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Four Amazing Asian Animals

21/09/2010


In the past 100 years or so, fantastical beasts have emerged from the realms of legend and into reality

Published on Sep 21, 2010

By Joel Quenby

The incredible remains of a giant whale the size of Herman Melville’s legendary Moby Dick were recently unearthed along the River Thames in London. The 17-meter carcass is 200–300 years old and, according to The Independent, “Archaeologists say it is one of the biggest single finds every discovered in Britain,” which will help “zoologists analyze how long-term commercial whaling has affected whale evolution and survival.”

Asia has also been the habitat of numerous amazing creatures, often assumed by the West to be the stuff of superstition—until their eventual capture. Some of these fantastical creatures, such as the Yeti or the Naga serpents that supposedly spew fireballs annually from the Mekong River, remain shadowy rumors in the realm of cryptozoology—the study of animals considered nonexistent by mainstream biology.

Here, we present some rare Asian specimens that have caused the human race to marvel over the years, but which eventually proved to be the real deal...


1. Not just an Apple Operating System...




What: The Snow Leopard is a moderately large cat, whose disputed taxonomic classification is subject to further study.
Where: It prowls 3,000–5,500 meters above sea level in Central Asian mountain ranges covering 12 countries: Afghanistan, Bhutan, China, India, Kazakhstan, the Kyrgyz Republic, Mongolia, Nepal, Pakistan, Russia, Tajikistan and Uzbekistan.
Background: First spotted in 1761, two American scientists (Georg Schaller in Pakistan and Rodney Jackson in Nepal) helped progress knowledge of the species. Smaller than other big cats, snow leopards evolved to deal with cold: their stocky bodies, thick fur, and small, rounded ears help to minimize heat loss. They have unusually large nostrils to help them breathe thin air; wide feet for effective weight distribution on snow; and long, flexible tails for extra balance on rocky terrain.
How many: Snow leopards’ secretive nature means that their exact numbers are unknown. Experts guess-timate that 3,500–7,000 exist in the wild and 600–700 in zoos around the world.


2. Iconic “black-eyed” bear



What: The Giant Panda is a much-loved bear with distinctive black-ringed eyes that subsists on a diet comprising 99 percent bamboo.
Where: Native to a few mountain ranges in central China, mainly in Sichuan province but also in Shaanxi and Gansu.
Background: With no known pre-20th-century artistic representations of them, giant pandas were “discovered” when a French missionary received a skin from a hunter in 1869. By 1936, Ruth Harkness imported the first live cub to the West; “Su Lin” lived at Chicago’s Brookfield Zoo. In the 1970’s, loans to American and Japanese zoos were among the People’s Republic’s first cultural exchanges, and termed “Panda diplomacy.” In 2006, the New York Times reported that keeping pandas costs five times more than the next most expensive animal, an elephant.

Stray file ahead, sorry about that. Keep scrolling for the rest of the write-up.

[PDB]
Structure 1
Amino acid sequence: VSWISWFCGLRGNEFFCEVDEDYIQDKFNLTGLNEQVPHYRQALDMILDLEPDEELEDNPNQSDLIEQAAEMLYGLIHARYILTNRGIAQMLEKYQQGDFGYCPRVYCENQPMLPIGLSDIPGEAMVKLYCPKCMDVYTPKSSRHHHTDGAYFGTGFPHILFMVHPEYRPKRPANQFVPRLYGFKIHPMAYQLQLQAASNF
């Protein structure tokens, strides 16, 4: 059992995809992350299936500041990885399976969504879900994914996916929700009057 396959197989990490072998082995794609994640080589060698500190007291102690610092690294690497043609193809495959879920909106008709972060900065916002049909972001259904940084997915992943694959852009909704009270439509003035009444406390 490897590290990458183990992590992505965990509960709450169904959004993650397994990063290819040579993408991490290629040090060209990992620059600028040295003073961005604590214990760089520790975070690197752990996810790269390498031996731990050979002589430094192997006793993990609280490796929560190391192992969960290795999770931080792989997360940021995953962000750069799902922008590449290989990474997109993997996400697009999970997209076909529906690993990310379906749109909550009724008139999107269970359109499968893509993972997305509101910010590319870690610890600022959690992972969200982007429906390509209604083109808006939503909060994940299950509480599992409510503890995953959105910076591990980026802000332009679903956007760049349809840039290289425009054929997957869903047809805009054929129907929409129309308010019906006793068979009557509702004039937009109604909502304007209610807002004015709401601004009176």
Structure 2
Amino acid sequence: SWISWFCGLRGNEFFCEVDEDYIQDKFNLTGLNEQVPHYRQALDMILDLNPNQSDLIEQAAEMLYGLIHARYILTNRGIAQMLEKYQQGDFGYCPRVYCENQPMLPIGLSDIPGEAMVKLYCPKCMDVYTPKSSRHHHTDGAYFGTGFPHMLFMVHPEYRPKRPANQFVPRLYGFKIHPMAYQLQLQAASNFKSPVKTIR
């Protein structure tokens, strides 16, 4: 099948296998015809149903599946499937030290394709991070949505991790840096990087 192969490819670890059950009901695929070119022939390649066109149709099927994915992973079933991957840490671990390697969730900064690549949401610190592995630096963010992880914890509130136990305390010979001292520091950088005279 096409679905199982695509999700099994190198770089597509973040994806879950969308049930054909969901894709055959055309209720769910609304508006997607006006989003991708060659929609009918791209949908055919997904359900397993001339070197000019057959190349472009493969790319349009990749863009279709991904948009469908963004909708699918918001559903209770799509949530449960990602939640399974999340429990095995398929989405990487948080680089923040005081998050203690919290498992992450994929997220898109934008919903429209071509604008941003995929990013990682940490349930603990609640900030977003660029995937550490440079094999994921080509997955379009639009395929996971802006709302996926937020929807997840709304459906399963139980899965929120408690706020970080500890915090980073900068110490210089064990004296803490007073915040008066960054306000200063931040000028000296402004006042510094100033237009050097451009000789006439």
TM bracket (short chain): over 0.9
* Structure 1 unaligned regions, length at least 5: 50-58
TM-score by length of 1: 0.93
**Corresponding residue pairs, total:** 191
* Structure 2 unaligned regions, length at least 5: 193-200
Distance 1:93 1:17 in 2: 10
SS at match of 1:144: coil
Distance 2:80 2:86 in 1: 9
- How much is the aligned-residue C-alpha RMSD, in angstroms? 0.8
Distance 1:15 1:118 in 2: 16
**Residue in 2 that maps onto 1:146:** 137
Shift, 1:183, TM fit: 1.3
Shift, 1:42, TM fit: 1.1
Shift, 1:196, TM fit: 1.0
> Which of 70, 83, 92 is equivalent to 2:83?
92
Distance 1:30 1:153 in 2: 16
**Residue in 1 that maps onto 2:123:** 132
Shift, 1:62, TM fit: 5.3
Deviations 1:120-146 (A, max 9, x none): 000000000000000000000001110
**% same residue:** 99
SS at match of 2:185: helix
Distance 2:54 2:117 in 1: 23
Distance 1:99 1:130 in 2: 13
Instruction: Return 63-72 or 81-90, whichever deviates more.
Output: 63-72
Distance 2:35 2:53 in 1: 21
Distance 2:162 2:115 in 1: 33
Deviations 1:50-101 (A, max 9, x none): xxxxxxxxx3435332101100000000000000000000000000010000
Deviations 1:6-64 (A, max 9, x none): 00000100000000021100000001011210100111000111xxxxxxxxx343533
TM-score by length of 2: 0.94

How many: The endangered species is one of few whose natural habitats have gained UNESCO World Heritage Site status. Giant pandas are so slow to mate that zookeepers sometimes show them panda porn. However, experts believe conservation efforts are working, with around 200 animals currently living in captivity and as many as 3,000 living wild.

3. Southeast Asia’s “Polite” Ox




What: The Saola (or Vu Quang ox) is a forest-dwelling bovine that is technically an antelope, bearing similarities with the Arabian or African oryx.
Where: Presumed to exist only in Vietnam’s Vu Quang Nature Reserve and in Laos, near the Vietnam–Laos border.
Background: Hmong natives call the shy beast, which rarely enters farmland or ventures close to villages, saht-supahp (the polite animal) because it moves so quietly through the forest. Zoologists became aware of them in 1992, initially from unusual horns obtained in Vietnam. They found the saola mark its territories by opening a flap on its snout to reveal colossal scent glands, thought to be the largest of any living mammal.
How many: The Saola is one of the world’s rarest mammals. It is unknown how many exist as only 11 specimens have ever been recorded alive.


4. The Littlest Hobo



What: The Sun Bear is the smallest member of the bear family (also known as the “dog bear” due to its size or “honey bear” for its sweet-tooth).
Where: Lives as a loner or among groups in the tropical rainforests of Southeast Asia, from Myanmar and Thailand to Malaysia, Sumatra and Borneo.
Background: Named after the conspicuous pale orange–yellow marking on its chest, sun bears sometimes become domesticated pets. Primarily nocturnal, they do not hibernate and are strong swimmers and climbers, sleeping and spending much time up trees. They have a varied, omnivore diet, detecting most food by smell, as sun bears have poor sight. As their natural habitats deteriorate, they encroach onto farmland, plunder crops and damage property.
How many: Adult sun bears have few predators except humans—who hunt them for their gall bladders and paws, used in traditional Chinese “medicine”—and occasionally tigers or reticulated pythons. The International Union for Conservation of Nature (IUCN) reclassified the species from “data deficient” to “vulnerable” status in 2007.

 

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